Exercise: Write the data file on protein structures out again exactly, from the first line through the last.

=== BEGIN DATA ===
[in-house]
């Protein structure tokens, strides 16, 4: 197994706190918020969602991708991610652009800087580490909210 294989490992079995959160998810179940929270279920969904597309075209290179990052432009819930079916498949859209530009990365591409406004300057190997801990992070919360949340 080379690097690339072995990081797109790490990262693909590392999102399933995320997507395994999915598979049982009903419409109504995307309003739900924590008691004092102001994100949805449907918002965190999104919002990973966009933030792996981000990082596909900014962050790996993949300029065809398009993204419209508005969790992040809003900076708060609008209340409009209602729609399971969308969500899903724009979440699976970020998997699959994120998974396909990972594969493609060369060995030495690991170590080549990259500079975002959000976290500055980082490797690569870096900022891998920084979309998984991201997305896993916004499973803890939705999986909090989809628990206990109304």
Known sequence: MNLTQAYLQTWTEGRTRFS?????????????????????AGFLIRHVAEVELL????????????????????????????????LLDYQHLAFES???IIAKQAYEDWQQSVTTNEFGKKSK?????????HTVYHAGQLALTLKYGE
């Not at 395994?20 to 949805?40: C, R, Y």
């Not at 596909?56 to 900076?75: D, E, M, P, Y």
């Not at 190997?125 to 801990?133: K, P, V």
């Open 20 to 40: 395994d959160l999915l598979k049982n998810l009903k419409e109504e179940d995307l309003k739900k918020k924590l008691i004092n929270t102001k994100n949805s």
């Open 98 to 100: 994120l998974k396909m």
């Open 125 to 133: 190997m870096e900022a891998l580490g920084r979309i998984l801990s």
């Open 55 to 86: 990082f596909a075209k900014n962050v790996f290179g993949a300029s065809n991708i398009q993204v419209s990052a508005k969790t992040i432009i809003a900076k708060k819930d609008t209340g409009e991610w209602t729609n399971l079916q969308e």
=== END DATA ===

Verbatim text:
[in-house]
């Protein structure tokens, strides 16, 4: 197994706190918020969602991708991610652009800087580490909210 294989490992079995959160998810179940929270279920969904597309075209290179990052432009819930079916498949859209530009990365591409406004300057190997801990992070919360949340 080379690097690339072995990081797109790490990262693909590392999102399933995320997507395994999915598979049982009903419409109504995307309003739900924590008691004092102001994100949805449907918002965190999104919002990973966009933030792996981000990082596909900014962050790996993949300029065809398009993204419209508005969790992040809003900076708060609008209340409009209602729609399971969308969500899903724009979440699976970020998997699959994120998974396909990972594969493609060369060995030495690991170590080549990259500079975002959000976290500055980082490797690569870096900022891998920084979309998984991201997305896993916004499973803890939705999986909090989809628990206990109304």
Known sequence: MNLTQAYLQTWTEGRTRFS?????????????????????AGFLIRHVAEVELL????????????????????????????????LLDYQHLAFES???IIAKQAYEDWQQSVTTNEFGKKSK?????????HTVYHAGQLALTLKYGE
């Not at 395994?20 to 949805?40: C, R, Y």
């Not at 596909?56 to 900076?75: D, E, M, P, Y």
């Not at 190997?125 to 801990?133: K, P, V």
């Open 20 to 40: 395994d959160l999915l598979k049982n998810l009903k419409e109504e179940d995307l309003k739900k918020k924590l008691i004092n929270t102001k994100n949805s």
């Open 98 to 100: 994120l998974k396909m």
């Open 125 to 133: 190997m870096e900022a891998l580490g920084r979309i998984l801990s």
């Open 55 to 86: 990082f596909a075209k900014n962050v790996f290179g993949a300029s065809n991708i398009q993204v419209s990052a508005k969790t992040i432009i809003a900076k708060k819930d609008t209340g409009e991610w209602t729609n399971l079916q969308e």